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SA Bike stolen, thief caught

Discussion in 'Politics, Laws, Government & Insurance' started by Isolationist, Aug 19, 2015.

  1. Howdy guys,

    Last week my (fully comp insured through InsureMyRide) 2011 GS500F was stolen. Two hours ago, I received a phone call from SAPOL; they'd caught and arrested the theif, and I needed to pick the bike up.

    The knobhead theif had painted over my license plate with white paint, and texta'd over a new number (badly); the police took the plate. I was left with a plateless bike with cracked fairings, scratched exhaust, removed stickers across the entire bike, and the ignition, seat and fuel cap locks were all drilled out. He also broke apart my Ventura rack and threw away some parts (???)

    I managed to get it started with a screwdriver and rode it to my work (to leave it in a close - to - city safe location), but I have a question; the person that did the damage to my vehicle is known. Will I still have to pay the excess and have this claim show up in my history? I think that's the way it's going to go, which sucks. The vandals details are known, can't they chase him for the funds?

    The biggest reason I'm concerned is I get off restrictions in four months and having a claim against me is going to murder my premiums moving into a big bike :(.

    Reading through the insurance documents, there's no mention of this situation. One thing worth noting though, is that I just found out I could have had a hire bike covered by Insuremyride, but they never bright it up despite me explaining my primary transportation had been jacked. Grr!
  2. You would assume not but you will need to ask your insurance company. Get the Case number from the Police or a Police report you can give the insurance company.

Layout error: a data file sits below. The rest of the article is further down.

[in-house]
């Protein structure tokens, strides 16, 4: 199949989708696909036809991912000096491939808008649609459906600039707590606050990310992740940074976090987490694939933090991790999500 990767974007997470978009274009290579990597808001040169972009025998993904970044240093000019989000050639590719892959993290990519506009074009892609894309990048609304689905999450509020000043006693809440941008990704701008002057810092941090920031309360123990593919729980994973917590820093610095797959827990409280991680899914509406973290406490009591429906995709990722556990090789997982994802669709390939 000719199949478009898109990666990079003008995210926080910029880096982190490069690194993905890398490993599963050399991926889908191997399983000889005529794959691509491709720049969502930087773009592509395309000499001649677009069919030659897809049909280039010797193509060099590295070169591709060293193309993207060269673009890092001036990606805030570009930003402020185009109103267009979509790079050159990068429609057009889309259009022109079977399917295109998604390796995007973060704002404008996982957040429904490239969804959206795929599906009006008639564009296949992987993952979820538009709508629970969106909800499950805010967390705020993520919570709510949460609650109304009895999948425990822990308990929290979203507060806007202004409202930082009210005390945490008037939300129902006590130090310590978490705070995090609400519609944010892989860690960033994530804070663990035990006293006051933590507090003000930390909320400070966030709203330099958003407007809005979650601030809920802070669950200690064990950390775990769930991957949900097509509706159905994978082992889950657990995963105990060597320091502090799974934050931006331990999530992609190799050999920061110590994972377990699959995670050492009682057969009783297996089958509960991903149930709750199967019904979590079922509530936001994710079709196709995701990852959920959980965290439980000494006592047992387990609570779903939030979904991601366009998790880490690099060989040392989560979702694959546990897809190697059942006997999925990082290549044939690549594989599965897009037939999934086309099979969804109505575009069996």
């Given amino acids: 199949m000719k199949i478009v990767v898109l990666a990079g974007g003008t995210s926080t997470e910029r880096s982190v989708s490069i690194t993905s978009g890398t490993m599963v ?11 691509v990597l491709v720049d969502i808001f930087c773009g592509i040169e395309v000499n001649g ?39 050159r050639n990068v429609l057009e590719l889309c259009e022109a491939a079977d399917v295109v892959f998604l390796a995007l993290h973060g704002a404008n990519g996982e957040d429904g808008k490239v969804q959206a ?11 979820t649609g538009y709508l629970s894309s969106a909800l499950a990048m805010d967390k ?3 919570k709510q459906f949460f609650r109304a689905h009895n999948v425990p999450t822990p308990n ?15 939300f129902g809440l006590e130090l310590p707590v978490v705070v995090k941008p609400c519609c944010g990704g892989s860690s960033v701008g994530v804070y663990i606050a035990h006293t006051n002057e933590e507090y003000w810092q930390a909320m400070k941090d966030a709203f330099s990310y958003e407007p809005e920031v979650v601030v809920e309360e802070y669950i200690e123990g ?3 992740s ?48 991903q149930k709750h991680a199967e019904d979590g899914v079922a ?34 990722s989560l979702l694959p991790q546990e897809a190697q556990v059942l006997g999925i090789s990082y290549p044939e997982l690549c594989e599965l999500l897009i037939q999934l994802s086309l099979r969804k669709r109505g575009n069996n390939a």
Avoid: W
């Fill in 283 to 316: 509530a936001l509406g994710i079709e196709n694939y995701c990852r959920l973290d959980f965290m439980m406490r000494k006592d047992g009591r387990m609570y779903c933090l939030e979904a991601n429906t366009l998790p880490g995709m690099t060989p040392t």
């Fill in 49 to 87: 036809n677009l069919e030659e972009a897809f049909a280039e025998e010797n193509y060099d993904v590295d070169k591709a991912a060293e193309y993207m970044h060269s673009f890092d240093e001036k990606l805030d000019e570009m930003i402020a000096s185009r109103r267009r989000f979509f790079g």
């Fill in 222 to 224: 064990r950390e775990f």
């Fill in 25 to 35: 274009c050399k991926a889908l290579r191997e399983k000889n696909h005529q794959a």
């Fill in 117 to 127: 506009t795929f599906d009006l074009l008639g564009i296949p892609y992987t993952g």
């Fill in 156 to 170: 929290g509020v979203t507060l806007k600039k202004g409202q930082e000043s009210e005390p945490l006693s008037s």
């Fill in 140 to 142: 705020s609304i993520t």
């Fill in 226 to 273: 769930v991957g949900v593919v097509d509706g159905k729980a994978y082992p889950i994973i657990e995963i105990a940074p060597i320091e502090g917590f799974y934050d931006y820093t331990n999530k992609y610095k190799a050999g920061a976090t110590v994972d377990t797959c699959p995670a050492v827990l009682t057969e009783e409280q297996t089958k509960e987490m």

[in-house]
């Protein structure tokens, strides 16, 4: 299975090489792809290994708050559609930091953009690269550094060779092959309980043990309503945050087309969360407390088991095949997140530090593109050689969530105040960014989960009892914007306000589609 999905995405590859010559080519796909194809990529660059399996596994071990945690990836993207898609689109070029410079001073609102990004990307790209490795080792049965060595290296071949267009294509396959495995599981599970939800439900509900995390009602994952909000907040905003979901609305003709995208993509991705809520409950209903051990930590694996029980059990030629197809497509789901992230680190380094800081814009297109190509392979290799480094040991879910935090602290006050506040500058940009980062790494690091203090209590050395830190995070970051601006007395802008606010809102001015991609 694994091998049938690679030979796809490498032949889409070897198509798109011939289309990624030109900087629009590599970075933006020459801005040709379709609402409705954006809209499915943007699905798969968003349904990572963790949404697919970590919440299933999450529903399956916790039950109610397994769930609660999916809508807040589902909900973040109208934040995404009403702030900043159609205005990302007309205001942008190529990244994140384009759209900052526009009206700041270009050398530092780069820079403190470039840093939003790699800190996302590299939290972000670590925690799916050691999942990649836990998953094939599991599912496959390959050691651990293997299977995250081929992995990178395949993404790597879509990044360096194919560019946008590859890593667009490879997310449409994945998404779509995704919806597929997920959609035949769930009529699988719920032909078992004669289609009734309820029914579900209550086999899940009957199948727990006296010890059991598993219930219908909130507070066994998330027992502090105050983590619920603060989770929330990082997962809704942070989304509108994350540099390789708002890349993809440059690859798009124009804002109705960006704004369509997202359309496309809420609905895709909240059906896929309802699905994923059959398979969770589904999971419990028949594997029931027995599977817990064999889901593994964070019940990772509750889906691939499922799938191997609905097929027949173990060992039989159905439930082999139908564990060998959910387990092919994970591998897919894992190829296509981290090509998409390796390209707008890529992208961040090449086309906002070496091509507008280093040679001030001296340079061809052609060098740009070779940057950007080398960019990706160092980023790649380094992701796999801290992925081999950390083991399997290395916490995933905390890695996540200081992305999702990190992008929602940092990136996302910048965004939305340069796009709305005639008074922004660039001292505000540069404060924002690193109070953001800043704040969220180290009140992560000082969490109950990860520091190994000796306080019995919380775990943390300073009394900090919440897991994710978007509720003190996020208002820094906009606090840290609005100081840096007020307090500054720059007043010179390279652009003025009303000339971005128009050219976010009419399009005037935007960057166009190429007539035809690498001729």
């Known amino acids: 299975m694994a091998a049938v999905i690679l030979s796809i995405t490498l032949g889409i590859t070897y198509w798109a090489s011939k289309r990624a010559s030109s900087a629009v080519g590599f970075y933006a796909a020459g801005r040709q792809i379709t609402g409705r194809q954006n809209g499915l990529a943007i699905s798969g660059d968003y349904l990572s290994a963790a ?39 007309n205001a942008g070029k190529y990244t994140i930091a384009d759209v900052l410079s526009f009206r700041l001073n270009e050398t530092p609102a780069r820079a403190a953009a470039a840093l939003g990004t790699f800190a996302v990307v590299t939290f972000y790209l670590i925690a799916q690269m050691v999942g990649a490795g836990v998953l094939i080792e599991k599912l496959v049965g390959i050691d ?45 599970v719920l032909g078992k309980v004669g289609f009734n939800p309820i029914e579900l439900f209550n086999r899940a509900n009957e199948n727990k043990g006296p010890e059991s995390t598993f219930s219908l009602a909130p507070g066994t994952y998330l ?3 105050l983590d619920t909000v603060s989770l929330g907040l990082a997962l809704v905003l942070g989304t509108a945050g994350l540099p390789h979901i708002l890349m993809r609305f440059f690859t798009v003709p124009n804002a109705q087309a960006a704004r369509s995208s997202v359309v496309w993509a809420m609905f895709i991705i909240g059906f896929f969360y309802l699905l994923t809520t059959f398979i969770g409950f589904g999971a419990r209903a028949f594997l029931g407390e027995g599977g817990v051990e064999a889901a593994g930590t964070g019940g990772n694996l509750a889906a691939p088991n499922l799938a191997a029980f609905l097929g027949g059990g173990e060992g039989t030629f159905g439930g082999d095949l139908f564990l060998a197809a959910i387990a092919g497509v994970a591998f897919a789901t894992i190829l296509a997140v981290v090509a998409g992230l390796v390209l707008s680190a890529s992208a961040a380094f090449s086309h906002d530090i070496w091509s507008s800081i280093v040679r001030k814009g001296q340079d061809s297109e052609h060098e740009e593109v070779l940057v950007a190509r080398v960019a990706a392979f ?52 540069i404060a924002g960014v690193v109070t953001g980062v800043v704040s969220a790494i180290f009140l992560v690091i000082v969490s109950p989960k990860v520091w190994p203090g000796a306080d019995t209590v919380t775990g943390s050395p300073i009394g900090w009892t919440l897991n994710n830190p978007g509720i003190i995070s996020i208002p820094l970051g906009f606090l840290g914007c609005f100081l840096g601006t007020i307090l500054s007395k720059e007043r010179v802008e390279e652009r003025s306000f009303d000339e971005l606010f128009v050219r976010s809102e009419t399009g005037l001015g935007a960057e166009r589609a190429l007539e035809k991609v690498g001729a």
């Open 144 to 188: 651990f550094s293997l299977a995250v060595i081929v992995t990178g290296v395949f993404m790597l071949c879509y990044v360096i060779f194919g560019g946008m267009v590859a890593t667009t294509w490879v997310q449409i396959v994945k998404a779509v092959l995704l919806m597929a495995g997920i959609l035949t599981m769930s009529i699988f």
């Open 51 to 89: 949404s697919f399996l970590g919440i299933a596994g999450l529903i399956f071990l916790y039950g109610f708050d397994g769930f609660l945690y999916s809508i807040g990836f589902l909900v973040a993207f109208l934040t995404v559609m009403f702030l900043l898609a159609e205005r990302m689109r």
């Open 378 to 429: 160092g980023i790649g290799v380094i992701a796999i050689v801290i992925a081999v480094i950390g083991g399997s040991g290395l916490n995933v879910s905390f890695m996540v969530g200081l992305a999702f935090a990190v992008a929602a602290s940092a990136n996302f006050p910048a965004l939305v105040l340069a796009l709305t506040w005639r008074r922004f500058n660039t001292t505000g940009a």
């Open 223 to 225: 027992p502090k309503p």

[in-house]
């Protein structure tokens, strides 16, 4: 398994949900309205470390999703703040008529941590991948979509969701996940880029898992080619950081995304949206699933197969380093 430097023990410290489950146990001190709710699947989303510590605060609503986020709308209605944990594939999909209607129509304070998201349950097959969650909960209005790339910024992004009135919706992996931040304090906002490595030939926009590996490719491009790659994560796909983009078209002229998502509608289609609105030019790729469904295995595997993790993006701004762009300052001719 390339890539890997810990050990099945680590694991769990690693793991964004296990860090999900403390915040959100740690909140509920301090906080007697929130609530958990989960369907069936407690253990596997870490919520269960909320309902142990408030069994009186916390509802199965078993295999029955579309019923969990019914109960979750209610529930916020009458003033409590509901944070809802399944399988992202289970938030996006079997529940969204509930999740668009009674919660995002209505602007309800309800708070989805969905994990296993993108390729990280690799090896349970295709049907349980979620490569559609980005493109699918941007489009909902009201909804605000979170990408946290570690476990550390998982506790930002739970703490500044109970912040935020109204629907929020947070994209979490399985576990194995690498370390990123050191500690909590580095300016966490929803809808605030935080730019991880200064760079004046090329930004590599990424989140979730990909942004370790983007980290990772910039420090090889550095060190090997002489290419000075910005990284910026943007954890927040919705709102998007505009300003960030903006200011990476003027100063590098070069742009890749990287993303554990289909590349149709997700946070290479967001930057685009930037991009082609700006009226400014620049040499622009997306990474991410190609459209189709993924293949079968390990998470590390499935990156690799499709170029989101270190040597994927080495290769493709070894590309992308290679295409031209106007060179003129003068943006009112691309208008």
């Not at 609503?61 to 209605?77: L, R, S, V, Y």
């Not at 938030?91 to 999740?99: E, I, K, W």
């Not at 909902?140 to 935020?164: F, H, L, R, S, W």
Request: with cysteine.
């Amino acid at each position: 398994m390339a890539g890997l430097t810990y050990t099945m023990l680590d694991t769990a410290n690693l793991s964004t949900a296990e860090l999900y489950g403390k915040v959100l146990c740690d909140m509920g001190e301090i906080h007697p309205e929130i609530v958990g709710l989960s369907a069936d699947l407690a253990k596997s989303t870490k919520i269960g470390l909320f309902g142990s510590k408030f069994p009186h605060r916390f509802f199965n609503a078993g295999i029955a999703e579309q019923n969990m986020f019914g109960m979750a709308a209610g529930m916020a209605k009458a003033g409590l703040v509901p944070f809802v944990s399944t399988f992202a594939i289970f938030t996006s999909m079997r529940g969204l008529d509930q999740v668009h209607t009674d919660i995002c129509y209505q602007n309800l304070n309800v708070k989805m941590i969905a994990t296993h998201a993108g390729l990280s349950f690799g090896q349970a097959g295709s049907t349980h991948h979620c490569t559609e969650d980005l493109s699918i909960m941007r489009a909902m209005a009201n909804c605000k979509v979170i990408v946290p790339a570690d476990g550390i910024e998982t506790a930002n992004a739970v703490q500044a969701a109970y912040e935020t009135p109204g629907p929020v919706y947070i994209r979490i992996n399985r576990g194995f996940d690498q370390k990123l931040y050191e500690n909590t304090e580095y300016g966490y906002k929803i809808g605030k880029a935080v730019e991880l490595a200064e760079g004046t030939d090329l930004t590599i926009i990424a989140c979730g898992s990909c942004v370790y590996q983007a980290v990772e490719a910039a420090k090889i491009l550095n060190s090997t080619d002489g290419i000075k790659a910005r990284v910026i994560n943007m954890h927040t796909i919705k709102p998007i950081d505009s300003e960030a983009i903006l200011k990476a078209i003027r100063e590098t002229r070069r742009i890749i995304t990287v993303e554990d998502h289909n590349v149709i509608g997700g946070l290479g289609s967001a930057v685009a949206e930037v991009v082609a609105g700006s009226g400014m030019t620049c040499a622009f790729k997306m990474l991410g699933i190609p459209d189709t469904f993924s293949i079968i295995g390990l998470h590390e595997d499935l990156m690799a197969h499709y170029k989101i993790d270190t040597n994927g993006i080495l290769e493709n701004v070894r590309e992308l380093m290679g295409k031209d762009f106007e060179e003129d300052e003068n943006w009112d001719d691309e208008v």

• Agree Agree x 1
  3. the bike was stolen and/or damaged, the person at fault is known.
    the insurance company should pay up to you and chase them for the money.
    as above.. call em again

    bugger that they didn't mention hire bike
    • Agree Agree x 1
  4. The claim should only hit your future premiums if it was an at fault accident.

    In this case you may have to pay the excess, and then the insurance company will pay you back later.

    but as others have said, check with the insurance company.
    • Agree Agree x 2
  5. I'd be interested to know what actually happens here. Does the insurance company only pay you back the excess if they are reimbursed themselves?

    If so, I wonder how likely it is that they will be able to get cash from a thief. From what I've heard, in cases like this, even if the courts award against a thief, they just don't pay. As such, I would imagine that the cost to the insurance company fighting this to finally getting cash out (if they have anything of value) may be more than what they'd get back (less your excess cost) so they'd just not worry about it and keep your money?

    I hope that's not the case, but my experience with this sort of stuff is that it seems to favour the crims more than honest people.
  6. From what i can see on their PDS "
    . “excess free claim” means that if we agree an
    incident is not your fault and you can give us the name
    and address of who was at fault, and their vehicle
    registration number, you won’t have to pay an excess.

    Technically as you cannot provide their full details then your excess applies. I would suggest that if the thief is convicted, then they have the option to recover from him, in that case you should get your excess back, whether they choose to recover or not is for them to decide.

    That being said there is no part of the policy that says they need to give you the excess back. An excess is better than getting minimal to no payments from the thief for the next X number of years.